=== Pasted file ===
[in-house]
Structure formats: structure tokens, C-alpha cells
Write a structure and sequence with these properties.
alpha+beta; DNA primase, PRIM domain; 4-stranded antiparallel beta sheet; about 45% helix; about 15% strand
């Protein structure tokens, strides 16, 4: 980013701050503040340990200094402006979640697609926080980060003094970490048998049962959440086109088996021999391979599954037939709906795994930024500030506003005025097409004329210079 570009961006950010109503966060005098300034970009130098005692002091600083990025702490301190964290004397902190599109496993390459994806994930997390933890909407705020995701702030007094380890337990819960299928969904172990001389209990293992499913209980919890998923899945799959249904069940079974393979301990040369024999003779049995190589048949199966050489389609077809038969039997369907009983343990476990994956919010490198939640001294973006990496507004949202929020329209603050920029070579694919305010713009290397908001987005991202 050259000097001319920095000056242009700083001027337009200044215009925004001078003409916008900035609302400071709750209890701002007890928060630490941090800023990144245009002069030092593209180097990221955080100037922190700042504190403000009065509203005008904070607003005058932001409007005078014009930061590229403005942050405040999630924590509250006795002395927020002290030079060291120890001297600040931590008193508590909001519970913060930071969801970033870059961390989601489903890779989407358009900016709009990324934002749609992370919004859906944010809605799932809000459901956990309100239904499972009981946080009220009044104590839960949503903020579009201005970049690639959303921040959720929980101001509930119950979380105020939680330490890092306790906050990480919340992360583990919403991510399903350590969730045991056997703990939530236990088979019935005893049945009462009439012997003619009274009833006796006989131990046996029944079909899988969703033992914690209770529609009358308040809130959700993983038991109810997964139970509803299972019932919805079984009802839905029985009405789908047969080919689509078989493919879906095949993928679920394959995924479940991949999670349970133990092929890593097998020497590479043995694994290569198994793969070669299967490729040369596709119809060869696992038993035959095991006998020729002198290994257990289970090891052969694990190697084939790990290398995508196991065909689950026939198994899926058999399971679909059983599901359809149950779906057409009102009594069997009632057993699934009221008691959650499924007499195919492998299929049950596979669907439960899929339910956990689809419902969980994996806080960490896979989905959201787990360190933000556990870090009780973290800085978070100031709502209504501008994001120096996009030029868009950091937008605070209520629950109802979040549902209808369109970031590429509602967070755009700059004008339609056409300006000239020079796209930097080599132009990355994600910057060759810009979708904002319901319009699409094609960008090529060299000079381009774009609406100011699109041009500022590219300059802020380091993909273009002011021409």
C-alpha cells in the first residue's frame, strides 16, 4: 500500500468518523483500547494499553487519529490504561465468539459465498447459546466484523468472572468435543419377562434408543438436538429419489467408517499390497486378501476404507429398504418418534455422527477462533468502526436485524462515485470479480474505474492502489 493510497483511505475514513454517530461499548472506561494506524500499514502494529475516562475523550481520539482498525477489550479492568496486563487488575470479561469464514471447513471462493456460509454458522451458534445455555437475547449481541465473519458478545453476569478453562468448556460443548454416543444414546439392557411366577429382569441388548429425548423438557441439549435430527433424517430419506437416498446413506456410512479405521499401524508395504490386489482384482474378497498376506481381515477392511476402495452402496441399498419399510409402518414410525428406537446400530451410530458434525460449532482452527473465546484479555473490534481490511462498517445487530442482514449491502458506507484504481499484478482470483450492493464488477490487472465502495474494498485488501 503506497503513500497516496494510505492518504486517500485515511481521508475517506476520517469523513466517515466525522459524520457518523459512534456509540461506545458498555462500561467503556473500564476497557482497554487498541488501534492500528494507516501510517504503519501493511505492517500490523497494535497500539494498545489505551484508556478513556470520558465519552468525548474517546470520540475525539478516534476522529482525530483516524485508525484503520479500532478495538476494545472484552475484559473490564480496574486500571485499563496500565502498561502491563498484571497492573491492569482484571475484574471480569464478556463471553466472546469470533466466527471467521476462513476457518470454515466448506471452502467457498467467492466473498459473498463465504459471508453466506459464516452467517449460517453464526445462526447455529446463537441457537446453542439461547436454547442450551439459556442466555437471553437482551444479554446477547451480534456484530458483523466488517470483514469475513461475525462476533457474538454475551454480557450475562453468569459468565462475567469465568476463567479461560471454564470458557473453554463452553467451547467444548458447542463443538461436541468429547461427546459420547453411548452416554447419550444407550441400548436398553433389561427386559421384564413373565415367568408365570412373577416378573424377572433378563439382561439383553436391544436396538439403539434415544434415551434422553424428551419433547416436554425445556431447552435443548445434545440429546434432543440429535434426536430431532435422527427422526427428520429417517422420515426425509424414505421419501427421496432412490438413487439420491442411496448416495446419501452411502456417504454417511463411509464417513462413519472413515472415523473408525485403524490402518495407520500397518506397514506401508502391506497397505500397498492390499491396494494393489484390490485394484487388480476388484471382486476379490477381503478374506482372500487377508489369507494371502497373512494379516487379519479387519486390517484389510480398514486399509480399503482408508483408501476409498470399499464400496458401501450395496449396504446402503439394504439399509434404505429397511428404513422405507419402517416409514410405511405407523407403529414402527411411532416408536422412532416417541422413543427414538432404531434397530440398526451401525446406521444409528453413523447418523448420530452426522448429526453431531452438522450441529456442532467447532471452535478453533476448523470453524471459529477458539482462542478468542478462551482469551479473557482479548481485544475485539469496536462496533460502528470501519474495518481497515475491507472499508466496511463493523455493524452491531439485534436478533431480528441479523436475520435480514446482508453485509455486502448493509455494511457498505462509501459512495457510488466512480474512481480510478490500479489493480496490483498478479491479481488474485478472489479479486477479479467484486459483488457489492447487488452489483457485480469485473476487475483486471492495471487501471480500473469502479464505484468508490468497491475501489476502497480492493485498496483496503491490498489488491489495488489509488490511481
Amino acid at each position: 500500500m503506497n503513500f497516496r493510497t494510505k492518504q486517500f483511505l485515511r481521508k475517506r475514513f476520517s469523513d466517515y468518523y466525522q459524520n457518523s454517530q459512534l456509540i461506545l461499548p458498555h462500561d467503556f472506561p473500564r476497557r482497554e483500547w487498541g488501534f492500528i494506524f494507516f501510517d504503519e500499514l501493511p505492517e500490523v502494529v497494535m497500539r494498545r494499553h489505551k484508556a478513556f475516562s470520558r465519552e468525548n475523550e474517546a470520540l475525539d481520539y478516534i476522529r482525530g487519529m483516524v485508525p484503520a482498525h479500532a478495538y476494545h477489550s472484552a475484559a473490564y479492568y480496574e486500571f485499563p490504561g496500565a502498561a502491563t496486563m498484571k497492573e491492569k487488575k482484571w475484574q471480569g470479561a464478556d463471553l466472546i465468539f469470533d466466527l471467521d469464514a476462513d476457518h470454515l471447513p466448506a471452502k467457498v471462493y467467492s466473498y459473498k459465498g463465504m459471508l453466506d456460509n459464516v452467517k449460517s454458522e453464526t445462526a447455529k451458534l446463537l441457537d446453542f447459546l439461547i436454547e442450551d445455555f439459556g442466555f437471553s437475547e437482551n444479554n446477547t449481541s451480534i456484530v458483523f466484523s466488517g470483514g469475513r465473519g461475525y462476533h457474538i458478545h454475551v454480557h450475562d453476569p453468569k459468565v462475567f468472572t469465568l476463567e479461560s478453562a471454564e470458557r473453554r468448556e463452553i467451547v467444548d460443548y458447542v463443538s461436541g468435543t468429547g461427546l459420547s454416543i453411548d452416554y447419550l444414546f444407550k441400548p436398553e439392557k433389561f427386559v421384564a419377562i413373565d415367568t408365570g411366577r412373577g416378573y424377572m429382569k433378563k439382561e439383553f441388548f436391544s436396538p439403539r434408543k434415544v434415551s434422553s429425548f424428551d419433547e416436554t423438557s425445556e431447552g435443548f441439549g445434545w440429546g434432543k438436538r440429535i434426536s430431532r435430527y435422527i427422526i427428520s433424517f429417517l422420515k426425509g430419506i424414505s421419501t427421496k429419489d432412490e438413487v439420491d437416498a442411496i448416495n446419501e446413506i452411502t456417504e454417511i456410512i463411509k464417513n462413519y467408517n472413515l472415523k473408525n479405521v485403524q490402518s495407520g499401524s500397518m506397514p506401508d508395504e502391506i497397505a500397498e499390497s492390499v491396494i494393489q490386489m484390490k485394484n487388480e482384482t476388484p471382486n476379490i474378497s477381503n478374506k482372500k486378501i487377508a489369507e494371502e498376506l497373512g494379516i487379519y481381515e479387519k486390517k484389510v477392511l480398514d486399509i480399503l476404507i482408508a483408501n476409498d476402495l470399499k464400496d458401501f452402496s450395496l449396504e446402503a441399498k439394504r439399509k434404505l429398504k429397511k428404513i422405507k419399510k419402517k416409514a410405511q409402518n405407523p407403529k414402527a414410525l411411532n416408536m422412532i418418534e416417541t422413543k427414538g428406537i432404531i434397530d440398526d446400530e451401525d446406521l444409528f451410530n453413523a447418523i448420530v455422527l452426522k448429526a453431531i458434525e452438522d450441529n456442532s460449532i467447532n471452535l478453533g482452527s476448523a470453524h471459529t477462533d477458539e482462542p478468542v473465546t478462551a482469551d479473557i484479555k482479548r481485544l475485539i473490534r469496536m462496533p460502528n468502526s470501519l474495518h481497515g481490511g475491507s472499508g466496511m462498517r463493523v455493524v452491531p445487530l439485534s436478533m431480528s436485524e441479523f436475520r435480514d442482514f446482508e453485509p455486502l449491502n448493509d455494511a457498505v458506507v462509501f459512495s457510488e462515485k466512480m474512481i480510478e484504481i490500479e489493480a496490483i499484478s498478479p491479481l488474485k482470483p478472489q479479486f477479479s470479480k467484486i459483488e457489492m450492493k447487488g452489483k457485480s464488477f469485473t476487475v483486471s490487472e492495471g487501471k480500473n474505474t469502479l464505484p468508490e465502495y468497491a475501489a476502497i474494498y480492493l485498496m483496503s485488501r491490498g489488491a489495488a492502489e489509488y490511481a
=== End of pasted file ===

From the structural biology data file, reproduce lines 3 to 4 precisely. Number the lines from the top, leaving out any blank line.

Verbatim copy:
Write a structure and sequence with these properties.
alpha+beta; DNA primase, PRIM domain; 4-stranded antiparallel beta sheet; about 45% helix; about 15% strand